“It’s the same set from Broadway,” Morton said. “It’s part of the story where [the fictional show] ‘Hurt Locker: The Musical’ opened the night before Hedwig arrives and it was such a disaster that it closed at the intermission. So there’s this spare set left and an evening that wasn’t supposed to be free, so Hedwig and her band get to do a show on that set and fill the void basically, and, boy, does she fill it!”
It’s the perfect setting for what Playbill called “the greatest musical of the past 25 years.” Blending the androgynous 1970s glam rock of David Bowie with the early punk sounds of Iggy Pop, Trask’s score features “Tear Me Down,” “The Origin of Love,” “Sugar Daddy,” “Angry Inch,” “Wig in a Box,” “Wicked Little Town,’ “The Long Grift,” “Hedwig’s Lament,” “Exquisite Corpse” and “Midnight Radio.”
“Look, this is not ‘A Chorus Line,’ this is not a small, gentle, floaty musical,” Morton said. “This is sometimes in-your-face, attacking rock or even punk. But inside that, there’s the beautiful ballads, there’s the more traditional musical stuff of musical theater. Stephen has written a score with so many different genres, but which are stitched together under an umbrella concept that all feels like one thing. … It’s one of the greatest rock scores out there. I mean, people go wild for the music!”
Performing these tunes is both challenging and rewarding, Morton says. He’s up to the challenge, having earned a Tony nomination for his portrayal of Boy George in the musical “Taboo” (2002).
“To sing it, it’s challenging first off; my voice is pretty tired. … ‘Angry Inch’ is a hard sing, ‘Exquisite Corpse’ is a hard sing,” Morton said. “But it’s also one of those rare experiences where you get to go on the vocal gymnastic journey. It’s brilliant. I love to sing it. There’s nights when I finish ‘Origin of Love’ or ‘Wicked Little Town’ and that one tiny part of me that’s still me says, ‘That was damn good!'”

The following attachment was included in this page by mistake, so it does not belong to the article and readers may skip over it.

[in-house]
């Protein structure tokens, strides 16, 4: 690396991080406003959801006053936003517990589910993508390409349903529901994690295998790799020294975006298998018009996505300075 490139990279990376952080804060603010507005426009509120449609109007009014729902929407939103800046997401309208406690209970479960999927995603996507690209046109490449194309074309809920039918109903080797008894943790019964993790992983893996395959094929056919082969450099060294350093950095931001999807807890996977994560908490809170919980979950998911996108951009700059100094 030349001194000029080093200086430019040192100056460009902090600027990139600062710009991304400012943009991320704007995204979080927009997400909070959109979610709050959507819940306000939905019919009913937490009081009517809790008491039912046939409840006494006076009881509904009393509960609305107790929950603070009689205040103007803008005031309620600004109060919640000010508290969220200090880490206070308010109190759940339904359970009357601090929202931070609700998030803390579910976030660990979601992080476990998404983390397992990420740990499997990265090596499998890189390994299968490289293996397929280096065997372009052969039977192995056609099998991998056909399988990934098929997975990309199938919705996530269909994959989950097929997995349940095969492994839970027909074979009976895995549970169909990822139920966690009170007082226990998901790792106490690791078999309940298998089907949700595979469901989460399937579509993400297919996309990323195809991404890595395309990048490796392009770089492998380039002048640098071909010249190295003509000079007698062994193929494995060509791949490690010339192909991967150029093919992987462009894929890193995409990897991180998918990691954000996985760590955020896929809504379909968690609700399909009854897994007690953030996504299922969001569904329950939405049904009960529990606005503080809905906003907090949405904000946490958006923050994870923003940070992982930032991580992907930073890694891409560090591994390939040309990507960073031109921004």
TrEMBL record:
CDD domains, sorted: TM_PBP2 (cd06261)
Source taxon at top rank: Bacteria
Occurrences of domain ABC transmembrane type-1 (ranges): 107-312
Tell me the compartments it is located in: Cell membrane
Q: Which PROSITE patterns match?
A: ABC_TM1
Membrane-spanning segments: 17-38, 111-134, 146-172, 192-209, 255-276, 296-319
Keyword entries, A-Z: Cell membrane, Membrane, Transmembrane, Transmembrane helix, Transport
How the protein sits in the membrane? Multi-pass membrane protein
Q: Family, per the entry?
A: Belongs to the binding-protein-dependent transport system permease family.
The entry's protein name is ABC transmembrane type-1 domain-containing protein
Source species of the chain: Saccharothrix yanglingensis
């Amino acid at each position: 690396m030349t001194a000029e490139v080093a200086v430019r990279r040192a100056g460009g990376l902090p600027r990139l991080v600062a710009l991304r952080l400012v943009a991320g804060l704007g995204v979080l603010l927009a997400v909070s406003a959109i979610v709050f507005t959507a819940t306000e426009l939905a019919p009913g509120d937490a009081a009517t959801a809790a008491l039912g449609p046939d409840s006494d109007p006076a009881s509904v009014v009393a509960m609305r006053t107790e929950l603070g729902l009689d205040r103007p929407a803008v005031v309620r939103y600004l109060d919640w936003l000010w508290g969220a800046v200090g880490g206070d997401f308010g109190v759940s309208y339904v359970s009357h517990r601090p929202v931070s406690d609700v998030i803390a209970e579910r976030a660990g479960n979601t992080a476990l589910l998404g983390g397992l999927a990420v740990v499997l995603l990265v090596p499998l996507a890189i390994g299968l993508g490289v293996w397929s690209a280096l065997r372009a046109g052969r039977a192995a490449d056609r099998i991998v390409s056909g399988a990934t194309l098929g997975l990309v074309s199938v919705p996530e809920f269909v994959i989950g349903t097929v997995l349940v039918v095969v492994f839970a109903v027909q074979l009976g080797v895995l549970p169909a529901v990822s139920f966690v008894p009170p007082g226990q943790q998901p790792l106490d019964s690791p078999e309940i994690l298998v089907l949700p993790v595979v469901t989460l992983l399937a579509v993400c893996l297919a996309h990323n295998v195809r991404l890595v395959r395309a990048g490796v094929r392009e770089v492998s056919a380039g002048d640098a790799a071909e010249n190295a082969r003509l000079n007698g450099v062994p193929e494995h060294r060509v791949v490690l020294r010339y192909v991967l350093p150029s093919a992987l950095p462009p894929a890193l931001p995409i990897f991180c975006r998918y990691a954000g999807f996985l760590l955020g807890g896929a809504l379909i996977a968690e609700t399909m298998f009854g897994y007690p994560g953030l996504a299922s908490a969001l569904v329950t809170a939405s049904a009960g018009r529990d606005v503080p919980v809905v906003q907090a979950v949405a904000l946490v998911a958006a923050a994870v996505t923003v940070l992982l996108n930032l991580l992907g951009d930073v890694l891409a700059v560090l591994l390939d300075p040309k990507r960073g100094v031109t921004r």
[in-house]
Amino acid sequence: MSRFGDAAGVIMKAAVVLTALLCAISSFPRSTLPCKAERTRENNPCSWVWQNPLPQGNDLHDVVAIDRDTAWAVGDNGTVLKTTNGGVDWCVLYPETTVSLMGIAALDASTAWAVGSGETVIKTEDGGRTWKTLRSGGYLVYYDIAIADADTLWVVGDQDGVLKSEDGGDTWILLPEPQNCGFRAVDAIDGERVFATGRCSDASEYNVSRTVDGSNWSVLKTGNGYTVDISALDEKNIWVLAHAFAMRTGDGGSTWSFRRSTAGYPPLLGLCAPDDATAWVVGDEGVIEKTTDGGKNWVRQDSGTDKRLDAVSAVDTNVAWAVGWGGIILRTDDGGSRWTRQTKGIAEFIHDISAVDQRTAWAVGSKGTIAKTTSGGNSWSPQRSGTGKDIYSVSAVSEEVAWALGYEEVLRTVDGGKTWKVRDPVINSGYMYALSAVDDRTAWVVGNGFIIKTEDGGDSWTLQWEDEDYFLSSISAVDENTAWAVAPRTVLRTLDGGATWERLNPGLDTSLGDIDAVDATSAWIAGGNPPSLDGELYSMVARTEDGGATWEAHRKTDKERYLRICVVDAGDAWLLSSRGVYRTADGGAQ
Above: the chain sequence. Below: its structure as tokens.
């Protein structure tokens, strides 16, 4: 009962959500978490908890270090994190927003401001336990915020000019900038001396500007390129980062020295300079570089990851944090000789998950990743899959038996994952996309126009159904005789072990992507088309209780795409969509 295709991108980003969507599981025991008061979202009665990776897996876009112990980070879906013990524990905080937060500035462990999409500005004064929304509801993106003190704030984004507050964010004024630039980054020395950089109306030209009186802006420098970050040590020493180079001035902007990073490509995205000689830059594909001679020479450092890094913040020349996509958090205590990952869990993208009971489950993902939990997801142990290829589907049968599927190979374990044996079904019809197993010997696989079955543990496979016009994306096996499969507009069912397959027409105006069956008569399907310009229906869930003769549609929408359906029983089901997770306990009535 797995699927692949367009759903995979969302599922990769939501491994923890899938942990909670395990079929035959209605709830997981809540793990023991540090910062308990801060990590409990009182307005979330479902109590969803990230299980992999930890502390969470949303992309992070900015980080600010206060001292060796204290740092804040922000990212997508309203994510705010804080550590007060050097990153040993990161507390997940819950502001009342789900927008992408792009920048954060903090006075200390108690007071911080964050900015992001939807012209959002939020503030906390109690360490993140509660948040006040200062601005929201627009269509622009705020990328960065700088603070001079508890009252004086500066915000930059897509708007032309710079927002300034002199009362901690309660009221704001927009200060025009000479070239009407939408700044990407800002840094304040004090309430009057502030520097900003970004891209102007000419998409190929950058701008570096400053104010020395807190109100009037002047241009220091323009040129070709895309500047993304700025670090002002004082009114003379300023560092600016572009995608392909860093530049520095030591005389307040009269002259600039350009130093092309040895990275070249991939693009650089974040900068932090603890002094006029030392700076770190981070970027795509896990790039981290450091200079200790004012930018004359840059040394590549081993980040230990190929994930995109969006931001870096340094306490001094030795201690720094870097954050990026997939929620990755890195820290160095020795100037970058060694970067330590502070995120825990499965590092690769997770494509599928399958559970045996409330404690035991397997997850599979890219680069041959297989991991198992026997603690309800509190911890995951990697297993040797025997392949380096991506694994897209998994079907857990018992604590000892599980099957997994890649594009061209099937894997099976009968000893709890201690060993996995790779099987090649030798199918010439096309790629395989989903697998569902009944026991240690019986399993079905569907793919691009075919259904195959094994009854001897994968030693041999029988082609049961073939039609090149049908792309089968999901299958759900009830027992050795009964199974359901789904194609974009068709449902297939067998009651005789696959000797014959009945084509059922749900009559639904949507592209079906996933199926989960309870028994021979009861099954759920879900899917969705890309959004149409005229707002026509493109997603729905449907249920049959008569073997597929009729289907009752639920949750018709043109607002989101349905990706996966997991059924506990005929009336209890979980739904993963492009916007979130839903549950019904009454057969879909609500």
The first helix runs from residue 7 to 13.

The songs drip with raw emotion from their gritty creation, developed during nightclub gigs instead of a typical theater setting, using Trask’s own band with Mitchell playing Hedwig. It debuted at the Jane Street Theatre (a.k.a. the Hotel Riverview) in New York’s West Village on Valentine’s Day 1998.
“It was a little show, there wasn’t any set … they were telling that story in this little, divey place, this broken-down hotel,” Morton said. “It was so far ahead of its time that people didn’t know what to make of it. It definitely had a cult following, but it was 20 years ahead of its time. Now, it’s finally beginning to catch up and ‘Hedwig’ is even more relevant now. There’s a larger place for this now.”
That larger place includes the Kennedy Center, the final stop on a national tour that provides for a wider national conversation about the once-controversial, now-prevalent themes in the musical.
“It’s why I took the job,” Morton said. “I thought that having Hedwig’s voice on a national tour across this country, taking what could be a safe space for [LGBT] people to towns that don’t necessarily have safe spaces … would be a wonderful way to play this character. I feel like the luckiest of the Hedwigs.”
Click here for more information. Listen to our full conversation with “Hedwig” star Euan Morton below: